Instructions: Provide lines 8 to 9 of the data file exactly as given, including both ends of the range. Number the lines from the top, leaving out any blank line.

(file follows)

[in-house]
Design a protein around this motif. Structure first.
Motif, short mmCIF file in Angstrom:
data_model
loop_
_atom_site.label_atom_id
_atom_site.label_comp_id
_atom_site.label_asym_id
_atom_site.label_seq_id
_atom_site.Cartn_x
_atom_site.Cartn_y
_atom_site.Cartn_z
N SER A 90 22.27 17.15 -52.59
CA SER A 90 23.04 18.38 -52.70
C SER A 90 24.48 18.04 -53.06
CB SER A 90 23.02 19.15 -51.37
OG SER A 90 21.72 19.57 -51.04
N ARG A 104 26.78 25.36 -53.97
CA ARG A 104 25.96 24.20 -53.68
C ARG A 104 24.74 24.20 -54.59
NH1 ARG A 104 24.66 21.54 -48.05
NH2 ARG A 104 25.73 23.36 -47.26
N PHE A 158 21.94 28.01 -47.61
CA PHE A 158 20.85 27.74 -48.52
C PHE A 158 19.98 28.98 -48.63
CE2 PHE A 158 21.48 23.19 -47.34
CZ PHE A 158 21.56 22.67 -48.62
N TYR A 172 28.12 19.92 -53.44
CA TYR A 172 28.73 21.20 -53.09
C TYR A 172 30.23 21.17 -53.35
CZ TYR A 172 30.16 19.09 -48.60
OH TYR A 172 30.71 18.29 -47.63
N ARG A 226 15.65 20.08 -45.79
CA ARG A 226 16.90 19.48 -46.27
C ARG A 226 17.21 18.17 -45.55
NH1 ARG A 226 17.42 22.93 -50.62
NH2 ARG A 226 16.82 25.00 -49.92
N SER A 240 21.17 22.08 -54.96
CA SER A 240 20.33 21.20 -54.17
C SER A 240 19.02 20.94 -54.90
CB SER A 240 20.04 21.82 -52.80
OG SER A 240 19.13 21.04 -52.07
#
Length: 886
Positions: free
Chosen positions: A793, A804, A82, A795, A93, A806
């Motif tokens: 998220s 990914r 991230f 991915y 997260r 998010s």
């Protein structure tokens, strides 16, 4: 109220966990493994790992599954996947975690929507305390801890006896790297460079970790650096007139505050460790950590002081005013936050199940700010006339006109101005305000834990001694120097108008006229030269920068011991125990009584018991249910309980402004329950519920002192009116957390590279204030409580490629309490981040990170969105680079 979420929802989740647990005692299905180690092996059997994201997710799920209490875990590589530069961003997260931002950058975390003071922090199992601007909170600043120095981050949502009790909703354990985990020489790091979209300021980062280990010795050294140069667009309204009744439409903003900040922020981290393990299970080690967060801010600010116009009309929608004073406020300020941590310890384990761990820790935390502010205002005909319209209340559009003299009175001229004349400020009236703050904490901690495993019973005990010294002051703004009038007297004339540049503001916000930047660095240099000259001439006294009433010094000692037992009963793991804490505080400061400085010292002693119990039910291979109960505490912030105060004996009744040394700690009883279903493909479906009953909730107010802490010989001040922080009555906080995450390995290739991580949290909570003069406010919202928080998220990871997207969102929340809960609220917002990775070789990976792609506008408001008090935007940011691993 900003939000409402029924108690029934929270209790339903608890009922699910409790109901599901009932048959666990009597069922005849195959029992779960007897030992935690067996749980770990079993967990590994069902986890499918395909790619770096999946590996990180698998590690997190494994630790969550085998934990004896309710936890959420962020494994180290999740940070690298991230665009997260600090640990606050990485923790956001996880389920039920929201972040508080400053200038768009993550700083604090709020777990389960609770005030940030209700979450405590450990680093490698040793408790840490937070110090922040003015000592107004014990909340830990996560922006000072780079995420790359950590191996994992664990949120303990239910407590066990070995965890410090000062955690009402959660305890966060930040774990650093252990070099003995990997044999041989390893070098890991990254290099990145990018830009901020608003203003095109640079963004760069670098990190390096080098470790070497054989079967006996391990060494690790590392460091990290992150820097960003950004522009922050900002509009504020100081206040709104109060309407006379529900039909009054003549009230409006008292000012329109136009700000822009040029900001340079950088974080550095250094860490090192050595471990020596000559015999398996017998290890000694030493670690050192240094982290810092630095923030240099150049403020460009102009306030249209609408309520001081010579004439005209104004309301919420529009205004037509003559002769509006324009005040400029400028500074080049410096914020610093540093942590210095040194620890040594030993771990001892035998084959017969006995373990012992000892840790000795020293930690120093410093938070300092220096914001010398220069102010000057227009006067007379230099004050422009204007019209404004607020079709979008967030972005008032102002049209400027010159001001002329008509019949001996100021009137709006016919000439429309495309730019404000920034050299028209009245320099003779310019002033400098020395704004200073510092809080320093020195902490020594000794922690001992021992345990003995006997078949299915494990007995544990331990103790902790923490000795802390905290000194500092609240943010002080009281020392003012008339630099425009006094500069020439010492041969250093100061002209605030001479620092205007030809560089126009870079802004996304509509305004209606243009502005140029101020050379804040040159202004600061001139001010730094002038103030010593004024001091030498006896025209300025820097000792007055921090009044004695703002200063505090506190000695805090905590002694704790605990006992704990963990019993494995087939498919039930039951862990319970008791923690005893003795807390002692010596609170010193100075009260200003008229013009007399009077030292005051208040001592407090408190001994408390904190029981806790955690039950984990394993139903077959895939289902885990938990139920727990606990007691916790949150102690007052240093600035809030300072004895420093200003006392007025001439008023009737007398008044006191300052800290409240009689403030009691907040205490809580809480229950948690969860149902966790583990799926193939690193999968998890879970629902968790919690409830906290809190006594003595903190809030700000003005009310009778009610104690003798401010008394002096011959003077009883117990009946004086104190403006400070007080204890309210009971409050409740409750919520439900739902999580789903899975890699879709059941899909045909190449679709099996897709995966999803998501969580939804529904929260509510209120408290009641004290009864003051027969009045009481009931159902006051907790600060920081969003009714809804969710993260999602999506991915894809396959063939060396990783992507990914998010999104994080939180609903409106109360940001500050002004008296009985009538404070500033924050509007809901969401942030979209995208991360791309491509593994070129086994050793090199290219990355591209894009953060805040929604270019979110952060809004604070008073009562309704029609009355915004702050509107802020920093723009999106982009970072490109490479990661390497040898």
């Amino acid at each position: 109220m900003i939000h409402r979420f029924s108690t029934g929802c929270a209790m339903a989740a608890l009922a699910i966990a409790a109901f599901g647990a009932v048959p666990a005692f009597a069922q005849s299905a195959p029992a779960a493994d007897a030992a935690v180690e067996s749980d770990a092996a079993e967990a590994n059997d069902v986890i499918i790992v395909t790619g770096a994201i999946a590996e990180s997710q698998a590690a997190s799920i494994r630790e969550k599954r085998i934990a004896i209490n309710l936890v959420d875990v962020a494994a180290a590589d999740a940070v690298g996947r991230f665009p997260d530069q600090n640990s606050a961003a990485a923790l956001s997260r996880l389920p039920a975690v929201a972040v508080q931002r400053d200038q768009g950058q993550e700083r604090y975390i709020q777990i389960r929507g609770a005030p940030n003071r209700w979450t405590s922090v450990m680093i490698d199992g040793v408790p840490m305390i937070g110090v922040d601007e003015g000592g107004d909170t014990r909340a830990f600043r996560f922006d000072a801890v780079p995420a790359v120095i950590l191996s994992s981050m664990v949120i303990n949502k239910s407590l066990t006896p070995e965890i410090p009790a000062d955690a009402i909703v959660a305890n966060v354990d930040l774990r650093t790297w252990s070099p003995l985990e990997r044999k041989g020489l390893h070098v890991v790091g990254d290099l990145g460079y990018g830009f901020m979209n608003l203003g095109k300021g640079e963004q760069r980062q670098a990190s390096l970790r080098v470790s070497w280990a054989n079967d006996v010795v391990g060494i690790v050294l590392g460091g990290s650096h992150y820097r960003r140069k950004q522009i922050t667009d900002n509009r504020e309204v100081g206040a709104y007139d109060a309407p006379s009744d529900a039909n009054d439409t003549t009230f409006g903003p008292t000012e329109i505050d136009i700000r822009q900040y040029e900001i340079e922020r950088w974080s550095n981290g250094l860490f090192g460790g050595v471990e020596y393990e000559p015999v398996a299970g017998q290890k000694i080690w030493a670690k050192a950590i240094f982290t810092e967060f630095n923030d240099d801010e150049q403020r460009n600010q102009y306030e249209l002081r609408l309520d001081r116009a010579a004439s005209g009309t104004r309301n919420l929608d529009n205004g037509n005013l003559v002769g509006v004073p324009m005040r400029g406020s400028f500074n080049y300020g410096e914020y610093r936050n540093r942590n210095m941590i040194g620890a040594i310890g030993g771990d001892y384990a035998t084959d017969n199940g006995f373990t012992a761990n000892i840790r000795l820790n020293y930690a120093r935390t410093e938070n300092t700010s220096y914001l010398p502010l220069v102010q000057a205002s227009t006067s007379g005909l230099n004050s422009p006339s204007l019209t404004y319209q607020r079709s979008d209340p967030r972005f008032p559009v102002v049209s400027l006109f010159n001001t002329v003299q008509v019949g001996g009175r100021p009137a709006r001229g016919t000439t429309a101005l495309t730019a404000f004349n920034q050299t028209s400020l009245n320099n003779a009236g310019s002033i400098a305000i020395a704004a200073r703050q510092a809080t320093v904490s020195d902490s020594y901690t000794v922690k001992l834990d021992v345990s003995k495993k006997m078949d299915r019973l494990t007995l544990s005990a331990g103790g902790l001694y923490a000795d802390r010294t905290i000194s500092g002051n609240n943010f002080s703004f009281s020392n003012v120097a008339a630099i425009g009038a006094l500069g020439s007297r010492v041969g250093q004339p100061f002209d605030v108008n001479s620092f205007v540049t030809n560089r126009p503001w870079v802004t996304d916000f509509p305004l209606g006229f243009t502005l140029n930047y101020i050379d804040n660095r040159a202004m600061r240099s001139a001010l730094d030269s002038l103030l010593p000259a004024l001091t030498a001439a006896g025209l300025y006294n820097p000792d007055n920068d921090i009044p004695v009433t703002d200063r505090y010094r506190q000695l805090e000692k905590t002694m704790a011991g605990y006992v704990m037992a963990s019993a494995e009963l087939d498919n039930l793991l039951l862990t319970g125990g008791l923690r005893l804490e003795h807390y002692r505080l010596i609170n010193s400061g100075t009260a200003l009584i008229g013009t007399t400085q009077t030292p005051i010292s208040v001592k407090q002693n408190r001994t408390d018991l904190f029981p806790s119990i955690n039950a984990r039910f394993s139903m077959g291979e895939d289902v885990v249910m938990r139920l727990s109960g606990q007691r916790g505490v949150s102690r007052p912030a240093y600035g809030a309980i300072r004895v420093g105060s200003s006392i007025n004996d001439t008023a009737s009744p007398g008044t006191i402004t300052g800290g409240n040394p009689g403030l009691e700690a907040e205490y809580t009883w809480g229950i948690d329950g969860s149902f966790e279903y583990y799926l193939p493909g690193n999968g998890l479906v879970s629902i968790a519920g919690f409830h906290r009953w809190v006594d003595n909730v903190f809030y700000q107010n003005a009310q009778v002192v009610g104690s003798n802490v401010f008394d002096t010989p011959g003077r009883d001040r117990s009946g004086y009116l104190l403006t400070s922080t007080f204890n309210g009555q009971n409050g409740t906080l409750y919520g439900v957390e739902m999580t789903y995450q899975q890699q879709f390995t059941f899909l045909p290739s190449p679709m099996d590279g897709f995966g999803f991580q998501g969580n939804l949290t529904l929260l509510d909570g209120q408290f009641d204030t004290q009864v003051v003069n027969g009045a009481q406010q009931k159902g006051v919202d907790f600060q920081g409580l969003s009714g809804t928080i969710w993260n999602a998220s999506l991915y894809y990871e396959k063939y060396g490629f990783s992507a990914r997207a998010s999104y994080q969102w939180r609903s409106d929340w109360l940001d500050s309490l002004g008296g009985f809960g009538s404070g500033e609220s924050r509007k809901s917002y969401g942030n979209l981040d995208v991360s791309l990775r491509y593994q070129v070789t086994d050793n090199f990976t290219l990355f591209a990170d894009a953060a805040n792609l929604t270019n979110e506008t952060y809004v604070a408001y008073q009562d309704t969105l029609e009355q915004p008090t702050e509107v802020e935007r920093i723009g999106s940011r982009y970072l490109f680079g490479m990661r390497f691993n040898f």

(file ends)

_atom_site.label_asym_id
_atom_site.label_seq_id